SHE was a billionaire Countess who became one of the most powerful women in horse racing, mixing with royals and holding lavish parties at her Austrian castle.
But behind the glamour, Nazi socialite Margit Batthyany hid a murderous dark side that would see her dubbed the 'Hostess from Hell'.
During the last days of the war in 1945, Gestapo leaders, Nazi soldiers and socialites descended on the Countess' grand 17th-century castle in the quiet Austrian village of Rechnitz to drink and dance into the night.
The war was coming to an end and Red Army troops were only 10 days away from the village, near the Austria-Hungary border, when the Countess decided to hold a party on the eve of Palm Sunday.
It would later be known as the Rechnitz massacre – a murderous party that would host one of the last horrific Nazi crimes against Jewish people.
A wealthy descendant from the German Thyssen family, the glamorous socialite was a Nazi supporter who lived a lavish lifestyle thanks to her rich industrialist family.
She went on to own horse farms from Kentucky to France and won three major horse racing titles, including the Prix de l’Arc de Triomphe in 1972 with the filly, San San – even rubbing shoulders with the Queen.
But her roaring racing success in the years after the war concealed her previous affairs with Nazi lovers and sick "kill the Jew" parties.
On March 24, 1945, nearly 200 Jewish prisoners were said to have been executed purely for entertainment during the party at her castle, according to author David R.L Litchfield.
Those who were unable to work were stripped naked and shot by drunken guests, while those who remained alive were then told to bury the dead before also being gunned down.
Other sick atrocities were also said to have been carried out at the castle after Jews were reportedly brought there to build a wall that would hold back Russian forces.
One witness describes how the twisted Countess prefered to have a front-row seat to the sadistic killings and beatings.
The socialite became Countess Batthyany in 1933 after marrying Count Ivan Batthyany of Hungary – rescuing him from bankruptcy.
She lived in her husband's castle while socialising with her Nazi lovers before the Count retired to his nearby estate to breed horses.
At the close of the Second World War, Jewish prisoners from nearby work camps were moved on before the arrival of Russian troops and 600 were housed in the cellars of her castle.
At the time, two senior Nazis were said to be vying for the attention of the Countess – her part-time lover and Gestapo official, Franz Podezin, and Hans Joachim Oldenburg, a Nazi commander.
It is thought one of the men came up with the sick game of 'shoot the Jew' to try and impress her.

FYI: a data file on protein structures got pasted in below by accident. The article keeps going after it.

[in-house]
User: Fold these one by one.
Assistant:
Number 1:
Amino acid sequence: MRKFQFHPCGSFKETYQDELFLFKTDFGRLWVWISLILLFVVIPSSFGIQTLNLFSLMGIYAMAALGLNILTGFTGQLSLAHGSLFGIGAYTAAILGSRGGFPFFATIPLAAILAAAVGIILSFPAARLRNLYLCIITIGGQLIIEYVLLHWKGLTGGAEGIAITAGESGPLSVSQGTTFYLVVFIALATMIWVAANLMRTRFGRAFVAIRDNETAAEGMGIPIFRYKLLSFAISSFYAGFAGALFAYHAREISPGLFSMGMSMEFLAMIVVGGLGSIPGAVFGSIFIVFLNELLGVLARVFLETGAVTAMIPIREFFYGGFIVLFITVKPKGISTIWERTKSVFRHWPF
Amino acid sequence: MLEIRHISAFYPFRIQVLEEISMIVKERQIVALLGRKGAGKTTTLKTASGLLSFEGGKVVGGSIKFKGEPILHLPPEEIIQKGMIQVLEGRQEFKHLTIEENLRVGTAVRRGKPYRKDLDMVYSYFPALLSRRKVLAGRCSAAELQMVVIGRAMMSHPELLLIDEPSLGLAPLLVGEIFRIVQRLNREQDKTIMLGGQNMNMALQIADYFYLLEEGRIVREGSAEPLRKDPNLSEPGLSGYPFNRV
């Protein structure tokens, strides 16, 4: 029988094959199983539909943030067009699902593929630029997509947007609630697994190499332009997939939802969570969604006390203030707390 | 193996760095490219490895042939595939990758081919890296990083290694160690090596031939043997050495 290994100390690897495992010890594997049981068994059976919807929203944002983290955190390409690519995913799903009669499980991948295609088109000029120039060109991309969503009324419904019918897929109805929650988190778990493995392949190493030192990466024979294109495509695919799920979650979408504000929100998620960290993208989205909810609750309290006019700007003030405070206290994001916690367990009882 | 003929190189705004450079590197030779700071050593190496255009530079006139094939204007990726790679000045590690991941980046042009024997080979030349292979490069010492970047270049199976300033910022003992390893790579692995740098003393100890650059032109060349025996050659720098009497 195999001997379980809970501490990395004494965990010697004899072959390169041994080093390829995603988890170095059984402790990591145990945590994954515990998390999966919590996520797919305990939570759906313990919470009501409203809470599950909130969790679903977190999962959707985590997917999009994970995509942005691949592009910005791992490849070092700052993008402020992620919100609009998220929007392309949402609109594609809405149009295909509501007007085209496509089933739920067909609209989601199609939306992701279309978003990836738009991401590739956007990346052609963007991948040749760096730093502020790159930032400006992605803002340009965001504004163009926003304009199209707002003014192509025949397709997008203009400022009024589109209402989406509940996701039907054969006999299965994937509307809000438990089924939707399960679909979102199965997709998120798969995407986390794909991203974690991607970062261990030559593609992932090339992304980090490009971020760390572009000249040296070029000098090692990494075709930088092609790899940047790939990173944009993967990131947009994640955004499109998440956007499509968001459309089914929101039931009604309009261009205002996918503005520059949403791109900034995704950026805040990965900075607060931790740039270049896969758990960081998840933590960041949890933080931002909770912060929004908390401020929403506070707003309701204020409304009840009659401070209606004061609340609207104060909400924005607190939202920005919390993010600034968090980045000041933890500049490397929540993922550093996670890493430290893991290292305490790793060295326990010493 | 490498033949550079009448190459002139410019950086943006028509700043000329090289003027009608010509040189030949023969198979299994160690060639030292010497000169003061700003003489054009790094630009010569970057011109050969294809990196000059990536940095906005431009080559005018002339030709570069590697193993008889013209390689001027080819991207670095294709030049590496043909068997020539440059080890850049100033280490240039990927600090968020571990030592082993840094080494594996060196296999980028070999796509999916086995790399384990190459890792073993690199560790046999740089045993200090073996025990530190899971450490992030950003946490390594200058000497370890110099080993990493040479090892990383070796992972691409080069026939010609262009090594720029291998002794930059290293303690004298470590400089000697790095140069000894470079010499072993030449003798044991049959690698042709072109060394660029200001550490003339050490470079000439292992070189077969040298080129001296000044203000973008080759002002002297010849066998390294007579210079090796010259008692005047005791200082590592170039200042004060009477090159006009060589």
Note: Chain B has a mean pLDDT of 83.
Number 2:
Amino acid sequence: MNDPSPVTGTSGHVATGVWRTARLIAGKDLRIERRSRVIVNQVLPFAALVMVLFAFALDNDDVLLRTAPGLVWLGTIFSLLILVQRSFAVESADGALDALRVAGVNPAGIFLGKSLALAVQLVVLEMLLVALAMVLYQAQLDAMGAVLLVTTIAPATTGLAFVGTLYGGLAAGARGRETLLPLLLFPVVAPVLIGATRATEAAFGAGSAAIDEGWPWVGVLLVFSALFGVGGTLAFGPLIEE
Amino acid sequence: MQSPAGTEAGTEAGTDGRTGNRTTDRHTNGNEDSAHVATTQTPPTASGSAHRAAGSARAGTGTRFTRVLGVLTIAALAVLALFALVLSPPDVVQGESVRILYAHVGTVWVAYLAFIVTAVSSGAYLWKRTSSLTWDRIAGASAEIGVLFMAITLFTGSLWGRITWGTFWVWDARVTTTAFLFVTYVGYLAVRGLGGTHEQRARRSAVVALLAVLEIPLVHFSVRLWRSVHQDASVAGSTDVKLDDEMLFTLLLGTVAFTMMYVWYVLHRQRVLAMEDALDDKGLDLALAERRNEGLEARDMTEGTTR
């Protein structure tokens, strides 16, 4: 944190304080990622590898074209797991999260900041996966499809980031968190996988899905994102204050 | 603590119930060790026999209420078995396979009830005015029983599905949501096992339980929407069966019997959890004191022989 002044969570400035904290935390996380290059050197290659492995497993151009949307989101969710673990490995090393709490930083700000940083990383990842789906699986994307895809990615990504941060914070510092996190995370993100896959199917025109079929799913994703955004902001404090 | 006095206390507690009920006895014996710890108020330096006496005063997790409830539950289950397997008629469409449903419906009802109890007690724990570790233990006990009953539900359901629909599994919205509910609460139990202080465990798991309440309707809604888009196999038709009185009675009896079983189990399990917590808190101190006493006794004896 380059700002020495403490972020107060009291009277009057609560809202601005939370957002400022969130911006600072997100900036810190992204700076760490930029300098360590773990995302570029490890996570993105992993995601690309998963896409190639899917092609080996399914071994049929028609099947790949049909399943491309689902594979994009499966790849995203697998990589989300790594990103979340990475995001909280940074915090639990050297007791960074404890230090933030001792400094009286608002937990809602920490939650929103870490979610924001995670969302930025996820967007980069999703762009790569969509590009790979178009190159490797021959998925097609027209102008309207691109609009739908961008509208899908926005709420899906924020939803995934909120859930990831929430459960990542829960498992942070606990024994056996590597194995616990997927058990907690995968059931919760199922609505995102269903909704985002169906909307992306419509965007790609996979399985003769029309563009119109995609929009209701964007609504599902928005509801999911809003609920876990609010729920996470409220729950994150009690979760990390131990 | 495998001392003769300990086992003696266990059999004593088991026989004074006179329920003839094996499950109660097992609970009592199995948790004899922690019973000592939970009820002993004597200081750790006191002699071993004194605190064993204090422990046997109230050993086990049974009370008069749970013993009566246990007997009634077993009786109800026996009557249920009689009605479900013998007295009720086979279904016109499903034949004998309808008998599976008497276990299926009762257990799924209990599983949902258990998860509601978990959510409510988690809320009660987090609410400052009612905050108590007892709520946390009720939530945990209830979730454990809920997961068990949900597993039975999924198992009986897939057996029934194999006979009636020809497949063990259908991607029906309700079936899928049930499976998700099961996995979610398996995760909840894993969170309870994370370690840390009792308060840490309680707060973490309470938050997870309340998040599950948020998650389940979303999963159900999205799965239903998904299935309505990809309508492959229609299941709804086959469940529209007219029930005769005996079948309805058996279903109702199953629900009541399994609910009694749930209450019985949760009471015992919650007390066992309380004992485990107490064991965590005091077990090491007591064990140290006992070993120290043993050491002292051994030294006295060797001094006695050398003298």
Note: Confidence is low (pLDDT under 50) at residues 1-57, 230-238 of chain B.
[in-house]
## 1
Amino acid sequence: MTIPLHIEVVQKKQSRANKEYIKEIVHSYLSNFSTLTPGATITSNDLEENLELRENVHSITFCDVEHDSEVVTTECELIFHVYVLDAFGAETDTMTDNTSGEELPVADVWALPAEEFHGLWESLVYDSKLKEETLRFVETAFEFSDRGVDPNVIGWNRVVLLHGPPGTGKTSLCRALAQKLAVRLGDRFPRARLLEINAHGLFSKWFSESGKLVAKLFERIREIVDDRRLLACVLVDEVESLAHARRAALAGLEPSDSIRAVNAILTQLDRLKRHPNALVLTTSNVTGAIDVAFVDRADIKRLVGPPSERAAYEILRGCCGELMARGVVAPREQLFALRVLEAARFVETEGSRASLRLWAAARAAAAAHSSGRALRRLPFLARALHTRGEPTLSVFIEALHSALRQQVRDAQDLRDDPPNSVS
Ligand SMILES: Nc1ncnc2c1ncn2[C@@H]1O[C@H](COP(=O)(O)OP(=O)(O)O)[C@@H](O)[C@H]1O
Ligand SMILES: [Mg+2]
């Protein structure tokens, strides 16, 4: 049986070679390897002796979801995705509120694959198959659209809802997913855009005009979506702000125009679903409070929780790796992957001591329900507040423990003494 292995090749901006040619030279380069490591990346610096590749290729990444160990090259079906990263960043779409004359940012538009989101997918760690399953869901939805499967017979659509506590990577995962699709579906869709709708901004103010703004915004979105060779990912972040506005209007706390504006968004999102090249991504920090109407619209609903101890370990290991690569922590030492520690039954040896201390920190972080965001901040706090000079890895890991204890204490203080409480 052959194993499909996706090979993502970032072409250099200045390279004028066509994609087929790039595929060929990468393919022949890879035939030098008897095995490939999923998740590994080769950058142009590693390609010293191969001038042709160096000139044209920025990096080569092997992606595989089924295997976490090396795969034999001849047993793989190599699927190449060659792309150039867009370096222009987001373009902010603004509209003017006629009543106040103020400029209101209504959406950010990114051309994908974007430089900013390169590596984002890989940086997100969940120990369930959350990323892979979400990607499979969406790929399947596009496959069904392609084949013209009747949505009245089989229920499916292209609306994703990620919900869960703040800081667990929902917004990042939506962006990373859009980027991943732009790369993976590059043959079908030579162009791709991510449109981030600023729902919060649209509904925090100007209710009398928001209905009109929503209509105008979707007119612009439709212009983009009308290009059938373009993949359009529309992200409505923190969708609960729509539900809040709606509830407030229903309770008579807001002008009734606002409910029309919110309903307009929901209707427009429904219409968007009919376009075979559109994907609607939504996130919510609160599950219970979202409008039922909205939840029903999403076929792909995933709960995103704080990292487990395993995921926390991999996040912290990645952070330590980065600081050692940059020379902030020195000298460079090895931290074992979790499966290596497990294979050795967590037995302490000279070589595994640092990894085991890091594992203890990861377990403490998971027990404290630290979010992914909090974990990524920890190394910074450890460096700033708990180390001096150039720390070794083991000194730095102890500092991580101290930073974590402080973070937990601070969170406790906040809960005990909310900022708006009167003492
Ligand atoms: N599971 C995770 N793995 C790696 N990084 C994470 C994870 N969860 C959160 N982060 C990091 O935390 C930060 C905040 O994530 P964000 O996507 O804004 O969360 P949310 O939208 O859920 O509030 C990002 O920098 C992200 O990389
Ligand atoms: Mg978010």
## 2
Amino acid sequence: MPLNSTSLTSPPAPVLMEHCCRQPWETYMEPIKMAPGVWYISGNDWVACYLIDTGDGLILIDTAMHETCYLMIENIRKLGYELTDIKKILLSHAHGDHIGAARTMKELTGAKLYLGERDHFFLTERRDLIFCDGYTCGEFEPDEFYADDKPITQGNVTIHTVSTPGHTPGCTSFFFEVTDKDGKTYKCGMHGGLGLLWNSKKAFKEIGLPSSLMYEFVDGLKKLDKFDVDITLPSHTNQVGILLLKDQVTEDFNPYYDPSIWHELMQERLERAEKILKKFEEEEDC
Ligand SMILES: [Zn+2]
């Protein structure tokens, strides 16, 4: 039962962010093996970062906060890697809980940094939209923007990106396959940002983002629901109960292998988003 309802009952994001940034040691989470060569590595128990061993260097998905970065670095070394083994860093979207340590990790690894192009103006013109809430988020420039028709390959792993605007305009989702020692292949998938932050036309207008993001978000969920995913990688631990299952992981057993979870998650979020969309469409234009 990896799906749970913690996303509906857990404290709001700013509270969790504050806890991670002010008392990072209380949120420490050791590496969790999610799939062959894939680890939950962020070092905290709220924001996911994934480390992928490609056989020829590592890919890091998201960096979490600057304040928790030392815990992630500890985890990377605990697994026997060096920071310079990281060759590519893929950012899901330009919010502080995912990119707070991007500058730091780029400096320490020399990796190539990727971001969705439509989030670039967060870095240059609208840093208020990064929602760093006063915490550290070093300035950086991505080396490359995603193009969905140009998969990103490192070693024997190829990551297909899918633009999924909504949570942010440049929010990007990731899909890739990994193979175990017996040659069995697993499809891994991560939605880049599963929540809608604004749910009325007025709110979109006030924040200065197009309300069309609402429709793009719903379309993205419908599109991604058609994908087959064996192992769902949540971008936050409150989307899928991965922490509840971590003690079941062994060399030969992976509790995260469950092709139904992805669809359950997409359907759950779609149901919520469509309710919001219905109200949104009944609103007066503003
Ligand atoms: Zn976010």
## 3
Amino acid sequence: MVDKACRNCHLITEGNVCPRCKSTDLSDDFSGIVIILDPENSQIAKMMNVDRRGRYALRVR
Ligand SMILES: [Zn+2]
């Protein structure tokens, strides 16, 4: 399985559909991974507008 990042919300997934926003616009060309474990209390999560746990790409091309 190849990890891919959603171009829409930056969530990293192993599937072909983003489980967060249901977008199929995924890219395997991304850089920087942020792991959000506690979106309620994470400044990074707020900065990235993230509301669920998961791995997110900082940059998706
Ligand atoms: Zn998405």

According to an article by author David Litchfield, At midnight Podezin took the countess and 15 guests to the barn and invited them to "kill some Jews".
After the massacre, the revellers continued to party, leaving 18 prisoners to bury the bodies and dig their own graves before they were shot.
My father and the other forced labourers were either hunted and shot in the head, or beaten to death."
Writing in the Lit Hub, Sacha Batthyany, a niece of the Countess who knew her as "Aunt Margit", said his father described the woman as a "monster".
He admitted a "crime was committed" and she had a "couple of affairs with Nazis" – but he insisted she wouldn't have been "involved" in the massacre.
The bodies of the victims have never been discovered, but the search for the site of one of the Second World War's most gruesome Nazi massacres is now taking place in Rechnitz.
Hungarian surgeon, Gabor Vadasz, 85, is the last known living relative of those who were slaughtered at the sick party.
"My father and the other forced labourers were either hunted and shot in the head, or beaten to death," he said.
"Afterwards, the perpetrators went back to the castle to continue the party.
"Those men were tortured and killed at this place for fun. I have been waiting for 73 years and I am getting closer and closer to the end of my life."
Soon after the killings, two witnesses to the horrific crime were killed, and a house containing key documents about the atrocities was burned to the ground.
The Countess had already fled to Switzerland where she enjoyed a long life and reputation as a champion horse breeder.
Nowadays, only the ruins of the castle remain after it was set alight as the Red Army arrived but in the 1960s, the graves of 18 victims were found.
A monument to commemorate the atrocity was erected at the rear of a local park decades later in 1987.
Trenches, bunkers and relics have been uncovered, but the burial site of the victims remains a mystery.
To this day no one was ever prosecuted for the massacre after an investigation in 1945 lead to two suspects being killed.
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